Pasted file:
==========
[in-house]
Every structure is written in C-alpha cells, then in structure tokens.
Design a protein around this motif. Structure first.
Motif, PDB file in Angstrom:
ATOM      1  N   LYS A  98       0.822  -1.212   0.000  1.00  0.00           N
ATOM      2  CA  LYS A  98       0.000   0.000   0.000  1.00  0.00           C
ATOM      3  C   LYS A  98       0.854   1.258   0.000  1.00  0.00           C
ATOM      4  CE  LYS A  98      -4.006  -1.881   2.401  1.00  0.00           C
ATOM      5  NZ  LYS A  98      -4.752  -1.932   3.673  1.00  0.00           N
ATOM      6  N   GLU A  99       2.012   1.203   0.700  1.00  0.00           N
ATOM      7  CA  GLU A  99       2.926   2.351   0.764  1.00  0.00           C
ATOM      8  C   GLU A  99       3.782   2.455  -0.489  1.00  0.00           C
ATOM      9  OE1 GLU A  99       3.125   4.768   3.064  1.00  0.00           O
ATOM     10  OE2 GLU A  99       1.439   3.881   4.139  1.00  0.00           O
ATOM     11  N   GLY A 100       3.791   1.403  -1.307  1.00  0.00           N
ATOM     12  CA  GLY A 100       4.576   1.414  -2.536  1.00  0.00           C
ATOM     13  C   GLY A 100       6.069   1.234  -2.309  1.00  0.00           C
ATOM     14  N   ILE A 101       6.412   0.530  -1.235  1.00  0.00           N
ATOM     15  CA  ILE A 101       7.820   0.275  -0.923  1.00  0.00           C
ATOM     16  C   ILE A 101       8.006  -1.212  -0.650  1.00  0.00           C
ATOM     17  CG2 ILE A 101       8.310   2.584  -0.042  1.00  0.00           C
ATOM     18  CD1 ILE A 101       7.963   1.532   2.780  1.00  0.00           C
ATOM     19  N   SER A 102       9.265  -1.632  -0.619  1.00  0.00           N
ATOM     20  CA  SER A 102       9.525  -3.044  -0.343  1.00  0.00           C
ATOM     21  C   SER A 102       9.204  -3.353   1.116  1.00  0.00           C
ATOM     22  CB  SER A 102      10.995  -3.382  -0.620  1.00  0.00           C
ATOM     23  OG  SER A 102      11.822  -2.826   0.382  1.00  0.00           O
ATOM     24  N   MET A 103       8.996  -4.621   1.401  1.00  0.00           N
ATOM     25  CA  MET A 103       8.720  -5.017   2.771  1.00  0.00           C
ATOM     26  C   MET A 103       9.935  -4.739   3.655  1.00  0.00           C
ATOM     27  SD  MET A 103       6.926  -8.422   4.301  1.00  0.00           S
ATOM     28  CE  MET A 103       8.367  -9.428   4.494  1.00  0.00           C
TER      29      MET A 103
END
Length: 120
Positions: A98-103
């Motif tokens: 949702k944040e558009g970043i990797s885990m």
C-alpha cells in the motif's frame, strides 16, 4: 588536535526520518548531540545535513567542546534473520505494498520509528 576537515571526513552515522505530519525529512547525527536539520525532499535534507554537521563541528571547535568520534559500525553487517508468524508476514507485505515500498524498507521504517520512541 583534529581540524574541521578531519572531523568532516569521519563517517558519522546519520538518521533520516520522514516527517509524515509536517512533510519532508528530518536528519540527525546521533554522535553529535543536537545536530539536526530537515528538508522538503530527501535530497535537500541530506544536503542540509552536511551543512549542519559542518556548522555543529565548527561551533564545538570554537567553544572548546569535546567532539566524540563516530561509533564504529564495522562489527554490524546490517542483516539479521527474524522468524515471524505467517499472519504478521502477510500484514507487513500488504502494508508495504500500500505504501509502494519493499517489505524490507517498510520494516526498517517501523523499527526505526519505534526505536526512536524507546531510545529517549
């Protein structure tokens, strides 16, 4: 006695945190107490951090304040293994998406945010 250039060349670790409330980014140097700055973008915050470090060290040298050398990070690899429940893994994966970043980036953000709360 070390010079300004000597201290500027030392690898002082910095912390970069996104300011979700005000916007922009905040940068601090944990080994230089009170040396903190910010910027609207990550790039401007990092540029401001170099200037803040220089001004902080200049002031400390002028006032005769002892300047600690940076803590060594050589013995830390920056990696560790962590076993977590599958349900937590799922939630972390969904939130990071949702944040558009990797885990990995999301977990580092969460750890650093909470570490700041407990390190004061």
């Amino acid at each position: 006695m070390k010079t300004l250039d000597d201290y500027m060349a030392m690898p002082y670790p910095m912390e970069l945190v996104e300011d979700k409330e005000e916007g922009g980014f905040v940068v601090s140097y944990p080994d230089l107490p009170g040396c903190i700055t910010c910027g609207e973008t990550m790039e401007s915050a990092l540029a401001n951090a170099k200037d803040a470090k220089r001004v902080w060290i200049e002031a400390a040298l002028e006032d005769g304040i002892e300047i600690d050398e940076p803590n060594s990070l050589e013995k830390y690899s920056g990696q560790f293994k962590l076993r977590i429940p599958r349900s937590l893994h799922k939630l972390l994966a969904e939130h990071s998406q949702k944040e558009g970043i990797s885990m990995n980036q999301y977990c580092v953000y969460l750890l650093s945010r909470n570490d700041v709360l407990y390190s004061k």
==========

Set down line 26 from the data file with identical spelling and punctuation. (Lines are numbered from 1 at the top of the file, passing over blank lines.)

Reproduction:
ATOM     22  CB  SER A 102      10.995  -3.382  -0.620  1.00  0.00           C